With no extra cost to the government
McKinsey Consultant 17 May, 2011 – McKinsey’s consultancy project of 23 months to see Bhutan through its accelerated socio-economic development is extended by three more months.
It will end in August.
The project, which took off in July 2009 was supposed to end by May this year.
Performance facilitation unit officials said the government approved the extension, after they realised some of the initiatives taken up under the project would take longer. The extension was not part of the contract when it was first signed.
The additional three months, however, does not mean extra cost to the government on the agreed consultancy fee of USD 9.1M or about Nu 432M.
“The extension was need-based and has no additional cost implication to the government,” the unit’s overall coordinator Tandin Wangchuk said.
In the next three months, McKinsey will be involved in implementing activities with the tourism, ICT, vocational education and tertiary education sectors.
“It’s to make sure that certain important things are completed before they leave, and to accommodate a smooth transition,” officials said.
McKinsey and Co were hired to bring in best practices from around the world, and form strategies for Bhutan to achieve its 10th plan targets sooner, and also provide on-ground support in translating ideas into action.
That McKinsey would be involved in the implementation of their recommendations was what set it apart from other consultants the government hired before.
“Which is why the extension,” unit officials said.
The unit head Thinley Namgay explained that, by implementation, it meant McKinsey would be involved in piloting some of their recommendations.
“Most sectors have carried forward the activities and McKinsey is now with those sectors, which are slightly complicated,” Thinley Namgay said.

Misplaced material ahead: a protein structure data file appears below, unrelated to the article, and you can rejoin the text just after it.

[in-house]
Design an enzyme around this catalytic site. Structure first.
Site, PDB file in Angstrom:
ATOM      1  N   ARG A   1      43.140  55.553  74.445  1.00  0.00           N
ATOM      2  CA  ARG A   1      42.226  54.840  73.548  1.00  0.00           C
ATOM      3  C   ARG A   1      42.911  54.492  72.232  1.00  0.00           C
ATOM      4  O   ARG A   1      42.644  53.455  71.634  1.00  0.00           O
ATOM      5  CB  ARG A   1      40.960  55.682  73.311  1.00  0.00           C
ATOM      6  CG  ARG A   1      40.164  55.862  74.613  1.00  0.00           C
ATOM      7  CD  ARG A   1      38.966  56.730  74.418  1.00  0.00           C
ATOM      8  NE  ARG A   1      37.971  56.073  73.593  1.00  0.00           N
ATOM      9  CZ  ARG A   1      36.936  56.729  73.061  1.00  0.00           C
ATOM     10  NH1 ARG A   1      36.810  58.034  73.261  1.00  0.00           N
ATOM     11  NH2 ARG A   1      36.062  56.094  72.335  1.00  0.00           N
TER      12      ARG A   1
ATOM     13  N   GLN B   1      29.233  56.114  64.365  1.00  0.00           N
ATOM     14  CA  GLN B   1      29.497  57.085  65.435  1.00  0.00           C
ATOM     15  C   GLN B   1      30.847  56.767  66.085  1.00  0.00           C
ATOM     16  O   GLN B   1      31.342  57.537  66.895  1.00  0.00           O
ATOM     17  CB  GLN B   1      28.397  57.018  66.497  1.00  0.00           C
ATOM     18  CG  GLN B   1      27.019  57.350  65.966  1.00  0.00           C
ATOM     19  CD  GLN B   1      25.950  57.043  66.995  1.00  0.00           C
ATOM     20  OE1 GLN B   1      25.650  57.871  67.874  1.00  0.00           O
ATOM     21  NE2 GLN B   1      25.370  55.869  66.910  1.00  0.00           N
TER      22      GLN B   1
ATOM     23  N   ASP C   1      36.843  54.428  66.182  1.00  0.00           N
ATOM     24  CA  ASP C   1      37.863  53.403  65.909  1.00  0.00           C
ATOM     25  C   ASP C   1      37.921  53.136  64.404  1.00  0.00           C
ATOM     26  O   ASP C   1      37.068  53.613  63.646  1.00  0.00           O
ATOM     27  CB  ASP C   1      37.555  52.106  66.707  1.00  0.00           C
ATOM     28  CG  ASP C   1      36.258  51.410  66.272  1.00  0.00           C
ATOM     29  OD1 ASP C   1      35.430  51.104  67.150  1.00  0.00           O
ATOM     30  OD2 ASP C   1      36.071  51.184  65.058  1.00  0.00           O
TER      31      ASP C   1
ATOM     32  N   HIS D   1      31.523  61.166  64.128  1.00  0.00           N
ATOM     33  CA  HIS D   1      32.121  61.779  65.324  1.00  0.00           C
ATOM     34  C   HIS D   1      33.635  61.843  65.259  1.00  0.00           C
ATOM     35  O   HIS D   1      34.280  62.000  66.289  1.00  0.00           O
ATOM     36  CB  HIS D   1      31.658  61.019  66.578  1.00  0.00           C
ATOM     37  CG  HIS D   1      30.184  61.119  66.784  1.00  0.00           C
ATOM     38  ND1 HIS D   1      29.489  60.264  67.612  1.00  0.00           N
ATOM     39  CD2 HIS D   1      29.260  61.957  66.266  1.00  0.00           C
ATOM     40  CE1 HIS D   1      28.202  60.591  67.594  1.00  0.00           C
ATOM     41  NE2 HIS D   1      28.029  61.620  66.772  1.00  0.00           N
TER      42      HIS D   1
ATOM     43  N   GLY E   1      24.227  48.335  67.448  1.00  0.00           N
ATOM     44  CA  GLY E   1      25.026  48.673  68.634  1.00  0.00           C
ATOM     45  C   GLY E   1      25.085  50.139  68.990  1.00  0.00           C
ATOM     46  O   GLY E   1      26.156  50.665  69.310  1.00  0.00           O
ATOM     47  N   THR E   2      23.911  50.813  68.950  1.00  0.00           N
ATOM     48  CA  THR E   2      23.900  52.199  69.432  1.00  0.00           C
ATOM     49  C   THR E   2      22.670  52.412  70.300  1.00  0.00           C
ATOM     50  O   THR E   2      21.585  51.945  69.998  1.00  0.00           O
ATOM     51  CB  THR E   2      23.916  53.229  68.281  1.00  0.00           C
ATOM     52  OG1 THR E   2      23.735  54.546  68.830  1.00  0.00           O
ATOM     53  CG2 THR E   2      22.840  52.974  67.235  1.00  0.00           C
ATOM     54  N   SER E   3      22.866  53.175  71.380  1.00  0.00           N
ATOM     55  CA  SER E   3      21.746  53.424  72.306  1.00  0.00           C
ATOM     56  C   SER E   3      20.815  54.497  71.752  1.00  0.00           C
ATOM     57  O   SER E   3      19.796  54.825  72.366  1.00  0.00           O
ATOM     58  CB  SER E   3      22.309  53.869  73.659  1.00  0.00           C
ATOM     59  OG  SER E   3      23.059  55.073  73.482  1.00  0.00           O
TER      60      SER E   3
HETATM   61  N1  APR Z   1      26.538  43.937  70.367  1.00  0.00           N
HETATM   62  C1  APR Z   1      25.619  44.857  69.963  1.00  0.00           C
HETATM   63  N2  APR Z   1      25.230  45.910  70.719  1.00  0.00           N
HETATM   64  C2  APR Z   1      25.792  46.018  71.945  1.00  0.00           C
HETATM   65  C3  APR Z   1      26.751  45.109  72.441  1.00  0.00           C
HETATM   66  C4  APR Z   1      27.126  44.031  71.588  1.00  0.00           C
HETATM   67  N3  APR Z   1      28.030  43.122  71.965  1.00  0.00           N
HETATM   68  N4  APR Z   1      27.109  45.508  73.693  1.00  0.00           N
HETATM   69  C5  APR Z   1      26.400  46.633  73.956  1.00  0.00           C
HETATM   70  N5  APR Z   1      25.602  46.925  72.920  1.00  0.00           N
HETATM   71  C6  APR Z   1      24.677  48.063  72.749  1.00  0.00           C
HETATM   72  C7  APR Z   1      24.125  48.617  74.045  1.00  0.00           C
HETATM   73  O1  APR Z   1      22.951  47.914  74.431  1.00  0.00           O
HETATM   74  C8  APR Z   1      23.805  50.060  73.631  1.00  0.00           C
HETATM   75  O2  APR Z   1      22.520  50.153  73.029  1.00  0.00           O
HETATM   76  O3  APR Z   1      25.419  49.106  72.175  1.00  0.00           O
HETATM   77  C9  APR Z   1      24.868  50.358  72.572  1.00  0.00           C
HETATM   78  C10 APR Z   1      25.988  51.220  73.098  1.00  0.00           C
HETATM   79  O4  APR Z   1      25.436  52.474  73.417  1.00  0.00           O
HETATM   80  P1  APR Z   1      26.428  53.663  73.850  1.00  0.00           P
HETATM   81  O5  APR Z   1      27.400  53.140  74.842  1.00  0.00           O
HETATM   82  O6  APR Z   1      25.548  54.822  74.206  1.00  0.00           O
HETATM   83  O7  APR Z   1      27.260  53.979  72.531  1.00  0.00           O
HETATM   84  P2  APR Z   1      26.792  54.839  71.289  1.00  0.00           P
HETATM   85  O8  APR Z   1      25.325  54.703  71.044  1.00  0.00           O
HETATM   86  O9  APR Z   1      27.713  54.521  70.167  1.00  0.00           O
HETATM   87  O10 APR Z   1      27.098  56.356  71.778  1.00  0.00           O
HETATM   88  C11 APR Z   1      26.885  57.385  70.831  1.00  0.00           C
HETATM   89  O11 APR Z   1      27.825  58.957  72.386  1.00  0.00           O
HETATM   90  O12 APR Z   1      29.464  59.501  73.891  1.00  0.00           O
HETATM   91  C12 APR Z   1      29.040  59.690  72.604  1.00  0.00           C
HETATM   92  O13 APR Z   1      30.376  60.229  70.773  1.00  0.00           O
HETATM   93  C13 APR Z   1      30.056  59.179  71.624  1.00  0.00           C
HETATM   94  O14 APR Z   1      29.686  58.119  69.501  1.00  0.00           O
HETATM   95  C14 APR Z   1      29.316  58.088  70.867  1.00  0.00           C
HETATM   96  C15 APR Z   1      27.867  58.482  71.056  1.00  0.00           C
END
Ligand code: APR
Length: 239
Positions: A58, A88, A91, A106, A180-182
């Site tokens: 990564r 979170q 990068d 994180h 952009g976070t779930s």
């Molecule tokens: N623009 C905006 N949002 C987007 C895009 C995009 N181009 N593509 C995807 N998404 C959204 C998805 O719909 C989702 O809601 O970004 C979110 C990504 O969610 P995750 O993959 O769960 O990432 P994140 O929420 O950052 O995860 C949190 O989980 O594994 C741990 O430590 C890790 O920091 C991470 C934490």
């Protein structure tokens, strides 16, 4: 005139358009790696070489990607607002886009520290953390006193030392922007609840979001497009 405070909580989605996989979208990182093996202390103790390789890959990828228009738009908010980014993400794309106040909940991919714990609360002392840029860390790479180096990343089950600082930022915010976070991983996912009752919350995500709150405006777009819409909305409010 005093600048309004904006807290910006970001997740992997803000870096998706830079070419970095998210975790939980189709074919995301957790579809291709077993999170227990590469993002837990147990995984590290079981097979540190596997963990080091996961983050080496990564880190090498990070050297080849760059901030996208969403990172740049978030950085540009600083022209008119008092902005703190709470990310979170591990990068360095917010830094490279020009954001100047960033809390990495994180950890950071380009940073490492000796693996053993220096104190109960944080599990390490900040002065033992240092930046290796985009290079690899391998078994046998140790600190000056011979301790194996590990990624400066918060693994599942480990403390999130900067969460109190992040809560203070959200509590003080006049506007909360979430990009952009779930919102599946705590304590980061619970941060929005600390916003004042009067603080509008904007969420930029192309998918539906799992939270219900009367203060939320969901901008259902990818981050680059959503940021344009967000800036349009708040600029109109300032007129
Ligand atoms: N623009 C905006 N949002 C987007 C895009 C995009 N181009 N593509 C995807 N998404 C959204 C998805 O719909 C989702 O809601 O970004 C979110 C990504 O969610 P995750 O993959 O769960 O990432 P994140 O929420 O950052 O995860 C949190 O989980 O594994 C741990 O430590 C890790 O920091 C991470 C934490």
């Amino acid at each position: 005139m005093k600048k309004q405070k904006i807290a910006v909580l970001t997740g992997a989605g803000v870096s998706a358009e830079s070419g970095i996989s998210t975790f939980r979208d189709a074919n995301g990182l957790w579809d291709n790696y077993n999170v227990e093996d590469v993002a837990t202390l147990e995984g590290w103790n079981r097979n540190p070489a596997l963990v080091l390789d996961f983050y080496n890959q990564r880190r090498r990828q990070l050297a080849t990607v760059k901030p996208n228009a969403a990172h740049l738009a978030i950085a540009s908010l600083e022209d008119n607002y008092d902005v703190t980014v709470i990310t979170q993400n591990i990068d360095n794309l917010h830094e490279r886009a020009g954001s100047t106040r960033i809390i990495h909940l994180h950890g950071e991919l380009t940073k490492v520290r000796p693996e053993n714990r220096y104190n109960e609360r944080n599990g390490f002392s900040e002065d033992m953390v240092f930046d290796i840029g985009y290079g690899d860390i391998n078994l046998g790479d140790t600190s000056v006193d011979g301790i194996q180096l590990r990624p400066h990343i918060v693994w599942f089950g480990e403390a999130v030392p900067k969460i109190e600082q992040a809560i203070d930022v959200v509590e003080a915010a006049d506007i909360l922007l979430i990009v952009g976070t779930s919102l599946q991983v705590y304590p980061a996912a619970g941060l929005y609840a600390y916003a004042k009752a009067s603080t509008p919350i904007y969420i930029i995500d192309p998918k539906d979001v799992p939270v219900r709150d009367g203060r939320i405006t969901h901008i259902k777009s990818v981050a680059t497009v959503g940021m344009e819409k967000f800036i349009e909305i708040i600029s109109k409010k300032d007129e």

Unlike in the beginning, today the number of McKinsey officials has dropped from five to three on the ground working with the Bhutanese.
An example they cited of the consultant’s involvement in the implementation was of the recently launched health help centre.
“They were actively involved until the health help centre was operational and now taken over by health,” officials said. “It’s not appropriate and realistic to expect them to implement their recommendations, because human resource and finance will still be with the government. It’s done jointly.”
Another reason that pushed the contract term further by three months was because the diagnostic phase for some sectors took longer than the three-month time the phase was allotted.
Diagnostic phase included analysing and understanding the real situation of the sector or industry, after which a blueprint of recommendations for specific sectors are made.
“Diagnostic phase took slightly longer than anticipated, so implementation was delayed,” Thinley Namgay said. “Some initiatives required bringing in more manpower, while tendering and procurement added to the delay.”
Although the contract ends in August, the whole accelerated development program, officials said, would continue until the end of the plan in 2013.
In keeping with the 10th plan targets, a total of 71 initiatives were taken across 10 sectors to improve public service delivery, generate 75,000 jobs and increase Bhutan’s gross domestic product.
“Today, three (four percent) of the 71 initiatives are overdue,” officials said. “Of the remaining 68 initiatives, five are complete, most of which required changes in policy, while the rest are on track.”
While no sector has completed all activities, a few completed ones are in the tourism sector and the construction sector, such as collaboration with engineering companies, and awarding construction and maintenance contract together.
The accelerated development initiative for the social sector includes providing critical public services, such as healthcare, school education, tertiary education, vocational training and government to citizen (G2C) services, cheaper, faster and at higher quality.
For the economic sector, like construction, tourism, culture industry, ICT and agriculture, the project will target to generate most of the 75,000 jobs.
By Sonam Pelden
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